Skip to main content

Thank you for visiting nature.com. You are using a browser version with limited support for CSS. To obtain the best experience, we recommend you use a more up to date browser (or turn off compatibility mode in Internet Explorer). In the meantime, to ensure continued support, we are displaying the site without styles and JavaScript.

Ecology

Competing bluebirds make tougher sons

Subjects

Female western bluebirds that have to compete for nesting sites produce more early-hatching male chicks than do females with fewer competitors. The chicks are also likely to be more aggressive. This has long-term effects on the range and behaviour of subsequent generations.

Credit: Nobuo Iwata/Moment Open/Getty

Renée Duckworth and her colleagues at the University of Arizona in Tucson discovered that female western bluebirds (Sialia mexicana; pictured) that live in areas with many neighbours and few nesting sites laid eggs containing more androgen — a hormone that boosts aggression in the offspring — than females facing less competitive pressure. Those first eggs also tended to produce more males, which can compete for and colonize new territory. When the researchers increased the number of nesting sites in study areas in western Montana, however, the females produced eggs with less androgen, and fewer male offspring in the early eggs.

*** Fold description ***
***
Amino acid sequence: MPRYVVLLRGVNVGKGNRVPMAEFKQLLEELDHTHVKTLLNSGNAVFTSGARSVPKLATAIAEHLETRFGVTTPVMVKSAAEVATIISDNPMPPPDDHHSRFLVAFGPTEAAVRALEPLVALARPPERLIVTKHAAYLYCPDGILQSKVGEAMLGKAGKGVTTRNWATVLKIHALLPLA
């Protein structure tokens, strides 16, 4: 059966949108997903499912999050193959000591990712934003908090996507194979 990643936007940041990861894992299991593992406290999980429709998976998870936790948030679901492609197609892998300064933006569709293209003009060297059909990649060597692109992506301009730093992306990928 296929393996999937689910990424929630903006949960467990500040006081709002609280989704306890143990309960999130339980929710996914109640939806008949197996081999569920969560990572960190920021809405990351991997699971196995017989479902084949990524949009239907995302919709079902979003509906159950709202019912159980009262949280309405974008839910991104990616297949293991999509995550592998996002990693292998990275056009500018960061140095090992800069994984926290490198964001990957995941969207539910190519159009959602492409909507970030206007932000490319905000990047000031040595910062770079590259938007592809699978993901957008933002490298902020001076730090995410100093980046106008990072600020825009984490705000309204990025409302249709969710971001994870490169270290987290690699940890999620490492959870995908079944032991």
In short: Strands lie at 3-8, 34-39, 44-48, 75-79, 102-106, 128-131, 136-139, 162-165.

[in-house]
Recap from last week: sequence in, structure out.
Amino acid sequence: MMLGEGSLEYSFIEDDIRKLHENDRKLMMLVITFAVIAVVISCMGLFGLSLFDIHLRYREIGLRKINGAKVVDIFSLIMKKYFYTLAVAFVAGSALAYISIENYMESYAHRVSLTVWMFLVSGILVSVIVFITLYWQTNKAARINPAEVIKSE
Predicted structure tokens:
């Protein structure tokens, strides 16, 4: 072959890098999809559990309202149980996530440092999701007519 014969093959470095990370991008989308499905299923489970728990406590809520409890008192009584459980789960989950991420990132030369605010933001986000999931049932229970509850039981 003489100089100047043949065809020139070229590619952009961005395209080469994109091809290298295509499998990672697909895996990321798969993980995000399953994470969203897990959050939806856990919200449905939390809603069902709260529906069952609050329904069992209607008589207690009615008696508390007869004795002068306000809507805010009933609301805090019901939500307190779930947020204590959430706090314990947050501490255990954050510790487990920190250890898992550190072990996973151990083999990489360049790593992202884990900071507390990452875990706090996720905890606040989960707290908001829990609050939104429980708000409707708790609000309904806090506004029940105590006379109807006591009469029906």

This eventually allowed the western bluebird to boost its numbers and displace its competitor, the mountain bluebird (S. currucoides).

Science 347, 875–877 (2015)

Rights and permissions

Reprints and Permissions

About this article

Verify currency and authenticity via CrossMark

Cite this article

Competing bluebirds make tougher sons. Nature 518, 458 (2015). https://doi.org/10.1038/518458a

Download citation

  • Published:

  • Issue Date:

  • DOI: https://doi.org/10.1038/518458a

Search

Quick links

Nature Briefing

Sign up for the Nature Briefing newsletter — what matters in science, free to your inbox daily.

Get the most important science stories of the day, free in your inbox. Sign up for Nature Briefing